Time for a Trust Tune-up?
There is at least one tax planning opportunity here, however, and I'll try to explain it as simply as possible. When a person dies, the values of the estate assets get "stepped up" to their date-of-death values. So even if you bought Apple when it was $10, and it's $400 when you die (I could have said $700 a few months ago), all the potential capital gains tax that would ordinarily be due on a sale gets wiped out, and the tax is figured on $400 per share instead of $10.
The problem is that much estate tax planning was done when the exemption amounts were much lower, say, $500,000, and people's trusts were structured on that basis. That kind of planning has been turned on its head now, and while those trusts don't cause any estate tax harm under the new rules, they don't help with capital gains taxes nearly as much as they could.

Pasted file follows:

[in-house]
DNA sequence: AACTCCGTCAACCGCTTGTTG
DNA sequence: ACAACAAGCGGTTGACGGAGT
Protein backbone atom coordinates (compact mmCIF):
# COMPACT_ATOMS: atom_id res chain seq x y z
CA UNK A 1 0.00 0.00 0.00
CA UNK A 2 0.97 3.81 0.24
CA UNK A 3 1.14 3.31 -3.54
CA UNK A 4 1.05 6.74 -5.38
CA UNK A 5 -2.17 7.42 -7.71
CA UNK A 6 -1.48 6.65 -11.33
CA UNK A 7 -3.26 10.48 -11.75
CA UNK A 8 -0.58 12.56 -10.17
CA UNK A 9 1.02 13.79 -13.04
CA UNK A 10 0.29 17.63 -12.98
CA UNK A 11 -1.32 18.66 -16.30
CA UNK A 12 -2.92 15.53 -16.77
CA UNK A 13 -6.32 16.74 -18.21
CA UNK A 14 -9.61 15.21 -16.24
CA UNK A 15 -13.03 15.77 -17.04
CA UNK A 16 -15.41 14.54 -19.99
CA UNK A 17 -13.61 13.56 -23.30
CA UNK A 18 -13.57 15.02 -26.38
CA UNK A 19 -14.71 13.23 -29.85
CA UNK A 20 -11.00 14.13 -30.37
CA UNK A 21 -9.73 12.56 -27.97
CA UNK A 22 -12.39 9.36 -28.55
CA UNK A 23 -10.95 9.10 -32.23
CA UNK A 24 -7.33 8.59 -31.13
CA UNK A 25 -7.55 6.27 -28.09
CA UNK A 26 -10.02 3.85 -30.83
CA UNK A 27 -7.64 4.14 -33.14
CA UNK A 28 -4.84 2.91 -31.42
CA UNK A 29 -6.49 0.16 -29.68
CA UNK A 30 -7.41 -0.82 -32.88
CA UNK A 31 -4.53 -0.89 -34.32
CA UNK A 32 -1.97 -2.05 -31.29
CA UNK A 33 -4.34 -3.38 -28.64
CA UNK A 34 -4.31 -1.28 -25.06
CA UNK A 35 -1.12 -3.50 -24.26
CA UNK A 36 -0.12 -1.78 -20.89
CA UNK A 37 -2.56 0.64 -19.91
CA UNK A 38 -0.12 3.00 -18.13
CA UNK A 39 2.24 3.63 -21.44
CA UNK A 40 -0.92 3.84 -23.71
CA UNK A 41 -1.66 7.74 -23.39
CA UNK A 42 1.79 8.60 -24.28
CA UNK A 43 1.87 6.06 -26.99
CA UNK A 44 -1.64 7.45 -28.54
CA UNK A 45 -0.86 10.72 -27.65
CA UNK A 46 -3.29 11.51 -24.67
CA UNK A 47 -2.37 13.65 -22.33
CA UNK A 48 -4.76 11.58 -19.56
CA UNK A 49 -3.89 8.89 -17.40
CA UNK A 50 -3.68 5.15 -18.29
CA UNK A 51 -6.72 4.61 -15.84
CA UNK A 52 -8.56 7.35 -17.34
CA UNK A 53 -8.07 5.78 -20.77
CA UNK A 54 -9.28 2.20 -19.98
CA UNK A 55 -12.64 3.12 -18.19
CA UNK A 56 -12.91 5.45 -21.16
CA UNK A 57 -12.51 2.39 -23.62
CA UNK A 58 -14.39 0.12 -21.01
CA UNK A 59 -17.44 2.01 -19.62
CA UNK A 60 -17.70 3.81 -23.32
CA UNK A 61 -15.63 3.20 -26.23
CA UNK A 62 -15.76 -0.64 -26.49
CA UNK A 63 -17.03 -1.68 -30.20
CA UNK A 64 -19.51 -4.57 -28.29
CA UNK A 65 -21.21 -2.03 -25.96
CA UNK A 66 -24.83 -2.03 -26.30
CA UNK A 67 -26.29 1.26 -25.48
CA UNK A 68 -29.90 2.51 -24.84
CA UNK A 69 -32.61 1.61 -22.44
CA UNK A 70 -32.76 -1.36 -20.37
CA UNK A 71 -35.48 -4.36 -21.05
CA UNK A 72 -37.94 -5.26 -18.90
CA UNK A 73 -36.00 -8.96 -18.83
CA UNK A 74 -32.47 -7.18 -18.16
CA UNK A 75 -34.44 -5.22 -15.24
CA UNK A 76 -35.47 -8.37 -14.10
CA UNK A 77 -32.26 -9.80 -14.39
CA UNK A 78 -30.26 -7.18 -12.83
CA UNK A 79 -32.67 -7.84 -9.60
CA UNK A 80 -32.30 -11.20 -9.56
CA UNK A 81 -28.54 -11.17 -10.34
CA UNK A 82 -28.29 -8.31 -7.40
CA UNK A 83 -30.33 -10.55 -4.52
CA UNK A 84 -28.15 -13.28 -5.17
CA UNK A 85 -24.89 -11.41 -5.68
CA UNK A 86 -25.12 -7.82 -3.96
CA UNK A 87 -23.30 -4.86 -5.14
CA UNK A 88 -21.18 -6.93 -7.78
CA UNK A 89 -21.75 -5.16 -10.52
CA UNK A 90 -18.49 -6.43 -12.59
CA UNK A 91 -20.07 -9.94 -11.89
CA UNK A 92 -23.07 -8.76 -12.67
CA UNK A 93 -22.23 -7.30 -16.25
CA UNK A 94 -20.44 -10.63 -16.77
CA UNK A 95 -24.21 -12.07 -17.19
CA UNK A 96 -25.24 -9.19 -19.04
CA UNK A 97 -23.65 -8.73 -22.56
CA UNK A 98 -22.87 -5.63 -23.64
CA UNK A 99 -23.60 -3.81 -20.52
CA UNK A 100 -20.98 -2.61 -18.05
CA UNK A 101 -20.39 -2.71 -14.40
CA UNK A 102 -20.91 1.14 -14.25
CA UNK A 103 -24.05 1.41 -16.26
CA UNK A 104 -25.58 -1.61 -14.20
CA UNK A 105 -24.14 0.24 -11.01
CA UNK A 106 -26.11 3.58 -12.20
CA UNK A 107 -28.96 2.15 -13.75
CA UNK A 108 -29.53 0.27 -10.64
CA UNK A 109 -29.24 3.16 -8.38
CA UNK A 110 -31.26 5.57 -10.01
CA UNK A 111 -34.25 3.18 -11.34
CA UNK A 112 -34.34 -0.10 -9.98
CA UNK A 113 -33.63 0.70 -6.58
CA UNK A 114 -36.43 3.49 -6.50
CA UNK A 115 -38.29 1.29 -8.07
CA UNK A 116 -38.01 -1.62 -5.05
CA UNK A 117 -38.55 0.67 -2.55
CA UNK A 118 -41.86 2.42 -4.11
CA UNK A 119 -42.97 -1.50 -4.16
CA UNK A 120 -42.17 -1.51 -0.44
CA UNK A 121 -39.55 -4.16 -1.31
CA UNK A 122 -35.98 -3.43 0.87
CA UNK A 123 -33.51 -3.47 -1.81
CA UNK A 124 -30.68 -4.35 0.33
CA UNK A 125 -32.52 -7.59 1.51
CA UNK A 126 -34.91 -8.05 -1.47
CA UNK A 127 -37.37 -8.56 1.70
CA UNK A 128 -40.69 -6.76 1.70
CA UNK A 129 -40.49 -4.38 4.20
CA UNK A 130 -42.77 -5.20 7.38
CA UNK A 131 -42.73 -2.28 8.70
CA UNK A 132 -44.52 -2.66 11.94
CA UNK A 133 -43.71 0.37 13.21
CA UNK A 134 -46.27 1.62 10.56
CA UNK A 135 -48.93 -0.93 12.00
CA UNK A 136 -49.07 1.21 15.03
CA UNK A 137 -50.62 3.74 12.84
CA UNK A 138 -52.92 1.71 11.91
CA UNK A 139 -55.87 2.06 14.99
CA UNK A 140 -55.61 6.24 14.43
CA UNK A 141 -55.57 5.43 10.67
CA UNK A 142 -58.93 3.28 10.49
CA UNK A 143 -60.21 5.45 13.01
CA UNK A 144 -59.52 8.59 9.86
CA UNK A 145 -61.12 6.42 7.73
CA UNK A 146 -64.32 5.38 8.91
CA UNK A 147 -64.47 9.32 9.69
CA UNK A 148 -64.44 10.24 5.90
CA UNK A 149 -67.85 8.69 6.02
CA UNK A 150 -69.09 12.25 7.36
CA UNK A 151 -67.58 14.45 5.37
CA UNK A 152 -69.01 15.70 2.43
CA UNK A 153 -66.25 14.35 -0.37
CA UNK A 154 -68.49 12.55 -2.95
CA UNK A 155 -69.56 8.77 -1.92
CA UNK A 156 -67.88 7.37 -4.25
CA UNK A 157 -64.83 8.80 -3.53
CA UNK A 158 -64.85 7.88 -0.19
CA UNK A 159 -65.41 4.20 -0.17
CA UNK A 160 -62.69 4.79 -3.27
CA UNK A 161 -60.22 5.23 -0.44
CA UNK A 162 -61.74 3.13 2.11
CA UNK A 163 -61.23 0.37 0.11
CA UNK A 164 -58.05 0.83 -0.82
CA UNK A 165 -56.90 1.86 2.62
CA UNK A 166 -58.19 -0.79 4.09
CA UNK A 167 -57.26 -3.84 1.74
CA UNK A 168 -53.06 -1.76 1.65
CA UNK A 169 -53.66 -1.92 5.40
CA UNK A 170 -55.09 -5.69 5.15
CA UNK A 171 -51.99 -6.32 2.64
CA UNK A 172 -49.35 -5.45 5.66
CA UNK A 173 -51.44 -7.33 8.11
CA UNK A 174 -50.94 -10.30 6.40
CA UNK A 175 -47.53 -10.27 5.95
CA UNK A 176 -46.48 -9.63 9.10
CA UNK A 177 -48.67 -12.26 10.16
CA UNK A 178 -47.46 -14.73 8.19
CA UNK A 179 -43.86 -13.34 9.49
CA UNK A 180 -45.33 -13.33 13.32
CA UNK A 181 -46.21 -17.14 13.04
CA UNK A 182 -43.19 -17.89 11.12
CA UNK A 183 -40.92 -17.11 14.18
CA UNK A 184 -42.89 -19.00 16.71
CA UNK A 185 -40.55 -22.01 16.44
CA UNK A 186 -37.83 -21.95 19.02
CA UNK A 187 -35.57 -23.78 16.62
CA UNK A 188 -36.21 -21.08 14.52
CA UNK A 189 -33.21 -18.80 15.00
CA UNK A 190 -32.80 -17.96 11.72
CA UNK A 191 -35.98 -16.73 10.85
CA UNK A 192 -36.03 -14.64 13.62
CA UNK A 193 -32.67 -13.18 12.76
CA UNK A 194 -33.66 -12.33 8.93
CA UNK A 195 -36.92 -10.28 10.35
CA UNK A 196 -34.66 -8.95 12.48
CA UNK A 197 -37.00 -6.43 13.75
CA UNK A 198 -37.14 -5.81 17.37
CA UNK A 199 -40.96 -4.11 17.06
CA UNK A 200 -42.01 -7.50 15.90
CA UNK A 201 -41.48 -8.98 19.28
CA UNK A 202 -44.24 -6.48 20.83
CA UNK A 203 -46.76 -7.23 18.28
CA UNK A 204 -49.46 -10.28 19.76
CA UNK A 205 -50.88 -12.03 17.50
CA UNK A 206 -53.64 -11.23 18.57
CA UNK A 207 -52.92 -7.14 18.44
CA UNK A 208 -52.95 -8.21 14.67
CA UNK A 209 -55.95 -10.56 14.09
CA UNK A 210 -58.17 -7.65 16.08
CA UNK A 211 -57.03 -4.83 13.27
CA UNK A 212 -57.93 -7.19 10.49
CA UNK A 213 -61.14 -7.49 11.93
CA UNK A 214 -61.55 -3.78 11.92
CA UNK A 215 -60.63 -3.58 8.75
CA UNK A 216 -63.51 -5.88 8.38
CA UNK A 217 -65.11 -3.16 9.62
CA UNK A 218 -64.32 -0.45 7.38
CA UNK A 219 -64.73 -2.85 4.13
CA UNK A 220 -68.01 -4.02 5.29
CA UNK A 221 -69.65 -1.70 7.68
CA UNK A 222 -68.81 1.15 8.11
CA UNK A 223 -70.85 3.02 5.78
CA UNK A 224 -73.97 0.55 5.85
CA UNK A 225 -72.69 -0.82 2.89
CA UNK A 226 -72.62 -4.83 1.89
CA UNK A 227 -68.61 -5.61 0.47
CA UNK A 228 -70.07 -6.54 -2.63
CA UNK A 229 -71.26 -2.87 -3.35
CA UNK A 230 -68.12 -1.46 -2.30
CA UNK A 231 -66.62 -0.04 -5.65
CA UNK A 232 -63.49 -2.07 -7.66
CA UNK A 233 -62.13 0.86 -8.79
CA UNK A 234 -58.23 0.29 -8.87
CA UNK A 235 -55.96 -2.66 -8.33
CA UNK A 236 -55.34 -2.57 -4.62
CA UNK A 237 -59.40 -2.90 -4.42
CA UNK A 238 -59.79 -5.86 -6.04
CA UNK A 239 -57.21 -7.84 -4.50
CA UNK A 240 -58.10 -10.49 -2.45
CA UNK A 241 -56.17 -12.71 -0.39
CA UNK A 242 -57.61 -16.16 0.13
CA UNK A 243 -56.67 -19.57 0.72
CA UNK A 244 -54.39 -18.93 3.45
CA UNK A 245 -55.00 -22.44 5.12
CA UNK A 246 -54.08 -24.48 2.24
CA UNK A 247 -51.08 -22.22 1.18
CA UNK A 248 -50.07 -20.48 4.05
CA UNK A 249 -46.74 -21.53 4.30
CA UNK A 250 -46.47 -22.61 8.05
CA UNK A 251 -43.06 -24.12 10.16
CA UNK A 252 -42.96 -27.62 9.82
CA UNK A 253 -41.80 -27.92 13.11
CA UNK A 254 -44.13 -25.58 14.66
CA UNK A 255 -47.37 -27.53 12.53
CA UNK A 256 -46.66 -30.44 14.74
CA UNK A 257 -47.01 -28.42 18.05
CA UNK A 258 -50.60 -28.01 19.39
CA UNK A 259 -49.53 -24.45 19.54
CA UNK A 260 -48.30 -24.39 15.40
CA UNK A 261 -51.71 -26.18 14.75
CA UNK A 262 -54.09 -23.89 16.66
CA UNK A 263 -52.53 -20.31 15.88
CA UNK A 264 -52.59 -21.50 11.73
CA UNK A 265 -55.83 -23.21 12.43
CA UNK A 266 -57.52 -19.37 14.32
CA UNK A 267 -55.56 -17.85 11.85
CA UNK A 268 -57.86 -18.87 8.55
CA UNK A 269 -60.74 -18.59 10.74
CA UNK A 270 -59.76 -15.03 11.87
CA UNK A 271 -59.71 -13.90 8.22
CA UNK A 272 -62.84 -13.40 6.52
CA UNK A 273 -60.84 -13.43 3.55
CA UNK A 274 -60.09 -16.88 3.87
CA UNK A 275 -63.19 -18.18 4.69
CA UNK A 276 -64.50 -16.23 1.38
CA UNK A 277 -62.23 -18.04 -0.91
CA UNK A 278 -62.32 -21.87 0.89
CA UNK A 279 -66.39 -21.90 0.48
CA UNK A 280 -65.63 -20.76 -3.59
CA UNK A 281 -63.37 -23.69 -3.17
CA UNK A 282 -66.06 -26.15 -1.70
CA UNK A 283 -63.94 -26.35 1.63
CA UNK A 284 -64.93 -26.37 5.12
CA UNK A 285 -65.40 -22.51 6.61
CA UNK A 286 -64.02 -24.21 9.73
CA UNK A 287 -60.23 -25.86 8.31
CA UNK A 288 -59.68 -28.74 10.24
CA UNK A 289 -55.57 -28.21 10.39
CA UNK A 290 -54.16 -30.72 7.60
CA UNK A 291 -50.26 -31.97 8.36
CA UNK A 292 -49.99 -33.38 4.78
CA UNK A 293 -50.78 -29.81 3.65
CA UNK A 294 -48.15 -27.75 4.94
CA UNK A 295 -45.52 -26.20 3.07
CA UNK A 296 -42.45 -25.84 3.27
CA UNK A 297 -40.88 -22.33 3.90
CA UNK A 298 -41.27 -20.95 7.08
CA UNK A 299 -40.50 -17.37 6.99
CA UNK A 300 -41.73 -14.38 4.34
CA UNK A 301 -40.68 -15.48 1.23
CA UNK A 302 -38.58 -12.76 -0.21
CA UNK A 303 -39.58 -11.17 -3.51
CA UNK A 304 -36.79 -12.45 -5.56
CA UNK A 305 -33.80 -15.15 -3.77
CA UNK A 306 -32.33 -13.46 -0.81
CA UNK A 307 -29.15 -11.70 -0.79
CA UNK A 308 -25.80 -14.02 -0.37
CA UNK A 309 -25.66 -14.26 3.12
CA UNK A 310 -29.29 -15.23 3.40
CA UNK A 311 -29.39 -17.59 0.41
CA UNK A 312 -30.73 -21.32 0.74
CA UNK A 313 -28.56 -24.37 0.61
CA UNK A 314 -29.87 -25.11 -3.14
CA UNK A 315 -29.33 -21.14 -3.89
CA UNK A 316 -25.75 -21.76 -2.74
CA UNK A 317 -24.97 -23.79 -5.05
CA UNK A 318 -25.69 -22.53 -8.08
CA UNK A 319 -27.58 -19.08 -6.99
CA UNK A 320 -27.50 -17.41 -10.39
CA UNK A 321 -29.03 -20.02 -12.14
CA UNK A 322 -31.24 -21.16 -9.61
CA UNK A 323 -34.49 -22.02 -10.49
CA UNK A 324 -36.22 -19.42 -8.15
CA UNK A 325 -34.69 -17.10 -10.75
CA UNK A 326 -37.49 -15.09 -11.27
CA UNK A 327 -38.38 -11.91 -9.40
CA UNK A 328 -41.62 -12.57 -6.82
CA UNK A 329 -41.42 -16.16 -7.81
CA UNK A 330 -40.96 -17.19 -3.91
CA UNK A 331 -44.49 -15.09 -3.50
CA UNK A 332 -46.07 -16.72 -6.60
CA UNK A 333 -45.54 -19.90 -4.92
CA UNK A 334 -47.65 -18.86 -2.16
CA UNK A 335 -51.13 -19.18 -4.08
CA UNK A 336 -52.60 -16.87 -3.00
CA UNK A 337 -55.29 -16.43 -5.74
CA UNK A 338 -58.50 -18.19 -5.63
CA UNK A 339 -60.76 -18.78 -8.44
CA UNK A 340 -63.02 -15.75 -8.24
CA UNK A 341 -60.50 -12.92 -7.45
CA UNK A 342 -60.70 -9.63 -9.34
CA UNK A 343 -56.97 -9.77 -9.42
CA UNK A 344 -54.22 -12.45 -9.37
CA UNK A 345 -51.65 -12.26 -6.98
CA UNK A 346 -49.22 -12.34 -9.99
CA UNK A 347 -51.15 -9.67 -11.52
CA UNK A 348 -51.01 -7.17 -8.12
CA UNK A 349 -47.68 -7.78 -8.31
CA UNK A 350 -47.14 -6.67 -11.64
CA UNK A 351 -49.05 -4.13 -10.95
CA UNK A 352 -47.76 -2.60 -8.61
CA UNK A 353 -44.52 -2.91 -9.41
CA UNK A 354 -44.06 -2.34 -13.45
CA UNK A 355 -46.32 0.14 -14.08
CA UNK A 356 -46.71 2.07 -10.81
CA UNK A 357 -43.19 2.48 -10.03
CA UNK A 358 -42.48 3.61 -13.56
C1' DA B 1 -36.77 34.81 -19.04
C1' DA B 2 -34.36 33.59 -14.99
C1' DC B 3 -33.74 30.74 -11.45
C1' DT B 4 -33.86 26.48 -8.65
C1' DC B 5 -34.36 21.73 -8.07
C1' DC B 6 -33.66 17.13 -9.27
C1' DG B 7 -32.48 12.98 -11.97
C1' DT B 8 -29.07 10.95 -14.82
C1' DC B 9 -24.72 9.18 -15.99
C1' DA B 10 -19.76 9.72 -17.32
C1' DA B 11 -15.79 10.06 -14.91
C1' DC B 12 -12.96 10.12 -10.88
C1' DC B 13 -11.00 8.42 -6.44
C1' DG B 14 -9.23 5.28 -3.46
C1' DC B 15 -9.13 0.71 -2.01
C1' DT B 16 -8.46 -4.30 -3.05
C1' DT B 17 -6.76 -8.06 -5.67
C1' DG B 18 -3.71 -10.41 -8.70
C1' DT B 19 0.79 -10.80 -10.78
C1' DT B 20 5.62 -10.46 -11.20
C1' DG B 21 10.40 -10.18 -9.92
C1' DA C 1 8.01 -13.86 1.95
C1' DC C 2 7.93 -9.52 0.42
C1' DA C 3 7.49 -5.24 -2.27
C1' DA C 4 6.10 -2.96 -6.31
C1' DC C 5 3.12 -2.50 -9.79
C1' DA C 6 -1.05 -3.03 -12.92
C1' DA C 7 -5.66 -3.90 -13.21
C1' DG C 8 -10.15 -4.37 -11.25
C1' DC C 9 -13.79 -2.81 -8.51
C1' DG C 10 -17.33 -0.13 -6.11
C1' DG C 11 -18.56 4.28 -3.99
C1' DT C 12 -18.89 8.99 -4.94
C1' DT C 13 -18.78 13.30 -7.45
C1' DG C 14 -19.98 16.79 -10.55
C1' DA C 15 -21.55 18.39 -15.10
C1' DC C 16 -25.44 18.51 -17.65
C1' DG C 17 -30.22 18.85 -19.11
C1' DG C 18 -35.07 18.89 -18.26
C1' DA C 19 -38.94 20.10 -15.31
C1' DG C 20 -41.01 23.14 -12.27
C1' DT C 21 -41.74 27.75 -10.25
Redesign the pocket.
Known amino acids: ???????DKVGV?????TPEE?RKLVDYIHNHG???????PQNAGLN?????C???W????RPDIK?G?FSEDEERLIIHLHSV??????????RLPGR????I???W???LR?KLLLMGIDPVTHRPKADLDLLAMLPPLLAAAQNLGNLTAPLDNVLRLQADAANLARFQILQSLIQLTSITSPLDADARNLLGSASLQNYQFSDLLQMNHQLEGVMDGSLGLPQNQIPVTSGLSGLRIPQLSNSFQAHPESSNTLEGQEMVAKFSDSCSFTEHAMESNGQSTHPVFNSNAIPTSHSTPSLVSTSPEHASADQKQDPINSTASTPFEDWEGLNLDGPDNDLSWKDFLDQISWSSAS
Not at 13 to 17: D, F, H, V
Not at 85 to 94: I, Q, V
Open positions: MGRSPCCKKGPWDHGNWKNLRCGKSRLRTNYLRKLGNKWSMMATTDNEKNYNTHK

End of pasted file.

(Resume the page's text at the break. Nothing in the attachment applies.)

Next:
Here goes a simple example. Let's say the Apple stock was at $400 when you died, and your estate got the "step-up" in value to that amount. Then, by the time your spouse died after 20 more years, the Apple was at $1,000. If your trust was set up the way most are now, the kids would pay a capital gains tax on the difference between $400 and $1,000 when they eventually sold the Apple at your spouse's death. That's because there wouldn't be another "step-up" up in value at that point. If the trusts were revised, however, the stock could qualify for another "step-up" and all the capital gains tax could be saved to pay for something a lot more enjoyable. Let us know if we can help.